In a so-called proof-of-concept study, scientists developed fish-shaped microbots that can help deliver drugs to cancer cells.
As indicated in a ScienceDaily report, the newly invented microbots are guided with magnets to cancer cells "where a pH change" stimulates them to open their mouths and discharge their chemotherapy cargo.
Essentially, chemotherapy is a successful treatment for various cancer forms, although the side effects can inflict disorder on the rest of the body. More so, drug delivery directly to cancer cells could help alleviate disturbing symptoms.
Researchers have previously developed microscale robots that can manipulate very small objects, although most of them cannot change the shapes to carry out multi-faceted tasks like releasing drugs, for one.
Some groups have developed 4D-printed objects, although they usually carry out only simple actions, and their movement cannot be remotely regulated or controlled.
Jiawen Li, Li Zhang, Dong Wu, and colleagues, in a step toward these devices' biomedical applications, wanted to create shape-morphing microbots that a magnet could lead to particular areas for the delivery of treatments.
Since tumors exist in acidic microenvironments, the researchers decided to make the microbots change form in reaction to lowered pH.
So, the team 4D printed microbots in the form of a fish, butterfly, or crab, using a pH-responsive hydrogel.
By adjusting printing density at certain areas of the shape, such as the edges of the crab's claws or the wings of a butterfly, the researchers encoded pH-responsive shape morphing.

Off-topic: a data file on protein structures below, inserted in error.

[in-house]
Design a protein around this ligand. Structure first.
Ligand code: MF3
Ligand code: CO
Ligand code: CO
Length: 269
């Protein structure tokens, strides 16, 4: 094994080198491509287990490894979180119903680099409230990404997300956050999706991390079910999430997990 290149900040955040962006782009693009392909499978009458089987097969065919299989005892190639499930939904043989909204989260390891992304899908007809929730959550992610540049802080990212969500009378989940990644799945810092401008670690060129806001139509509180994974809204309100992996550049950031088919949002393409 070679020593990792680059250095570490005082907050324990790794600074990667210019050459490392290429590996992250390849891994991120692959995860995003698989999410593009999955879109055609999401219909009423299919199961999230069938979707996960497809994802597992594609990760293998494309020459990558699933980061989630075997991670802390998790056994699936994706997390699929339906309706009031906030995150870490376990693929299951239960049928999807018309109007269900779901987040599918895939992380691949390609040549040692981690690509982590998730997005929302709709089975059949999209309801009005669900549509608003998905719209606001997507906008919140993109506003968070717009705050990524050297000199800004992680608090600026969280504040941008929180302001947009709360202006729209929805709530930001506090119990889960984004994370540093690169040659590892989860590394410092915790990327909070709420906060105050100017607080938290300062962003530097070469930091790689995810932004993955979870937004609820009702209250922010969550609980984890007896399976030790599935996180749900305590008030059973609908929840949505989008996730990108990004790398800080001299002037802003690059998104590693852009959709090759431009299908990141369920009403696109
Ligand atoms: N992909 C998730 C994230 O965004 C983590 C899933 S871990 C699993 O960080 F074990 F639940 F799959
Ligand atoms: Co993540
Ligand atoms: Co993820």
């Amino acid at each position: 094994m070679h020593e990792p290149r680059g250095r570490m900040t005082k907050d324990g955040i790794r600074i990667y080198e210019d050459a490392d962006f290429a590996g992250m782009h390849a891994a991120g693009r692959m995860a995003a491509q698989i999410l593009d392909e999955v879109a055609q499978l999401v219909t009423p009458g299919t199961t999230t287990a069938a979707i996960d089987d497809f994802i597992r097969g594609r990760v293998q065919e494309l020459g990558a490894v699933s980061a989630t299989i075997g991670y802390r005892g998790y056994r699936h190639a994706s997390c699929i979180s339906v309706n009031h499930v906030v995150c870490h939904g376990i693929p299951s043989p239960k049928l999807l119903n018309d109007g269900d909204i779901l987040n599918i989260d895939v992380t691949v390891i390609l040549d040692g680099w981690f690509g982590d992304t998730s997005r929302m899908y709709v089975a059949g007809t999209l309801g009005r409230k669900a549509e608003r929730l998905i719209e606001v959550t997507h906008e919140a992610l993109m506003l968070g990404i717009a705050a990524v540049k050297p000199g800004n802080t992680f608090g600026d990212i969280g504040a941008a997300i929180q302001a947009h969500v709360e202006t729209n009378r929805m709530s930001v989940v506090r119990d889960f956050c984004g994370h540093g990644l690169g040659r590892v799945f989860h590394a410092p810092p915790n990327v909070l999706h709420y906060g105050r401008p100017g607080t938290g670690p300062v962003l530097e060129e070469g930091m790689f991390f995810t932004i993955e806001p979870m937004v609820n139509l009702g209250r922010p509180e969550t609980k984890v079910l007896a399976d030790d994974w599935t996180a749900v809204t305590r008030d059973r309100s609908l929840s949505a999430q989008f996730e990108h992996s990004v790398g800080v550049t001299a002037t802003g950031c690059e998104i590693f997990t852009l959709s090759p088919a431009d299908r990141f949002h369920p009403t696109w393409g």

By adjusting the printing density at certain areas of the shape, such as the edges of the crab's claws or the butterfly's wings, the team encoded pH-responsive shape morphing. Next, they made their inventions magnetic by putting them in a suspension of iron oxide nanoparticles.
In their study published in ACS Nano, the study investigators demonstrated different capabilities of the microbots in different tests.
For instance, a fish-shaped microbot was developed with an adjustable mouth that could open and close. The researchers showed that they could steer the fish through replicated blood vessels to reach cancer cells at a particular area of a petri dish.
When the pH of the surrounding solution was lowered, the fish-shaped microbot opened its mouth to release a chemotherapy drug, killing the cells nearby.
This research may be a "promising proof of concept," but the microbots should be developed even tinier to be able to navigate actual blood vessels.
More so, an appropriate imaging method should be identified to track their movements in the body, explained the researchers.
Magnetic Microbots Combating Cancer
This is not the first time that microbots have been developed in the fight against cancer. In 2006, IEEE Spectrum reported said the development of a microbot.
Here, engineers encased medicine in liposomes and had them attached to the bodies of bacteria, as exhibited in the scanning electron microscope image.
Then, they loaded the bacteria into a micelle sack or vesicle. To lead the bacteria-packed bot through an artery, they plotted waypoints on a digitized image of the vessel.
Report about the shape-morphing microbots is shown on the American Chemical Society's YouTube video below:
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